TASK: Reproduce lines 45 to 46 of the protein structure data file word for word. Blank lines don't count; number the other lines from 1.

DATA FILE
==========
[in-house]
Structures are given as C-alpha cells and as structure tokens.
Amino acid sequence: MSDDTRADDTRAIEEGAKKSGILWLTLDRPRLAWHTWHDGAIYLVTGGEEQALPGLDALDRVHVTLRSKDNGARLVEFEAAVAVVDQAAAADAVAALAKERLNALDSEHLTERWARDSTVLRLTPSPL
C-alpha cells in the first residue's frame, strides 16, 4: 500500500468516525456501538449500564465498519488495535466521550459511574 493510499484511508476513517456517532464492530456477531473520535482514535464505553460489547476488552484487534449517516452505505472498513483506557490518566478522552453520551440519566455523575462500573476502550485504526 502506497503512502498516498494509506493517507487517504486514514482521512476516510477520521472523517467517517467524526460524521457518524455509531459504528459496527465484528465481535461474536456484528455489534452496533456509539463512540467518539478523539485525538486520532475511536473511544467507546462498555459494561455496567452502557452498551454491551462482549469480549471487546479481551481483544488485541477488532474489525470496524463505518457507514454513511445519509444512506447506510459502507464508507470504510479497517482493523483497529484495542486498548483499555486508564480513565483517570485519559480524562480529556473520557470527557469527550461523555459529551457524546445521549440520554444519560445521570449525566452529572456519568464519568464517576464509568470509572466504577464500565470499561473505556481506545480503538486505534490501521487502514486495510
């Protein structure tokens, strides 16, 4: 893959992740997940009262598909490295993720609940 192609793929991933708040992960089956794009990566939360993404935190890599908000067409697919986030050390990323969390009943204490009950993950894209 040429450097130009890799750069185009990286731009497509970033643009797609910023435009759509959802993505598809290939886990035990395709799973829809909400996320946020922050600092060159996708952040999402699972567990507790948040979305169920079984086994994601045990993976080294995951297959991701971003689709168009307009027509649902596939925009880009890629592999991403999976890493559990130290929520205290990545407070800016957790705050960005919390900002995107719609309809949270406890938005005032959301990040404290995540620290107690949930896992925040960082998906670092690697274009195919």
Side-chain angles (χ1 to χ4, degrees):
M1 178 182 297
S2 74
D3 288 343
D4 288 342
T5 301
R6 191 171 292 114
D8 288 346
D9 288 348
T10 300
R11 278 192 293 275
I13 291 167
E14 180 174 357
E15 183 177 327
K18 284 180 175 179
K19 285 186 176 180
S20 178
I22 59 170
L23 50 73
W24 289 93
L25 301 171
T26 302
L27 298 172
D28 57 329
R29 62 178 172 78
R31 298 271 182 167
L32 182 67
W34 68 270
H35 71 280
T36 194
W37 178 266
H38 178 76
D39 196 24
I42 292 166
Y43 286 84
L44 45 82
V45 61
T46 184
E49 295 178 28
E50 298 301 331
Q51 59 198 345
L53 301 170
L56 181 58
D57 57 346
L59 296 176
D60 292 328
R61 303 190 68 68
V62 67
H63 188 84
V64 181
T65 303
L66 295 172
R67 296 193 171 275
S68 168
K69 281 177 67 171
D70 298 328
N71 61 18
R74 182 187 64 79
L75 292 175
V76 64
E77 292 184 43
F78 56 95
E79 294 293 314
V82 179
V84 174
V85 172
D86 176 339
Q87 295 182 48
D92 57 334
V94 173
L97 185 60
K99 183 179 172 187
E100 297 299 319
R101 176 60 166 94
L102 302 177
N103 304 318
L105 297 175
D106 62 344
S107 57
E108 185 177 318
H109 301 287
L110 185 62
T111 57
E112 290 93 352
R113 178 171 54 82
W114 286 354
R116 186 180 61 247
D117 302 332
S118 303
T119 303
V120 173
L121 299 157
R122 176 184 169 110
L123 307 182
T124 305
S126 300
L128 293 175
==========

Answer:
E50 298 301 331
Q51 59 198 345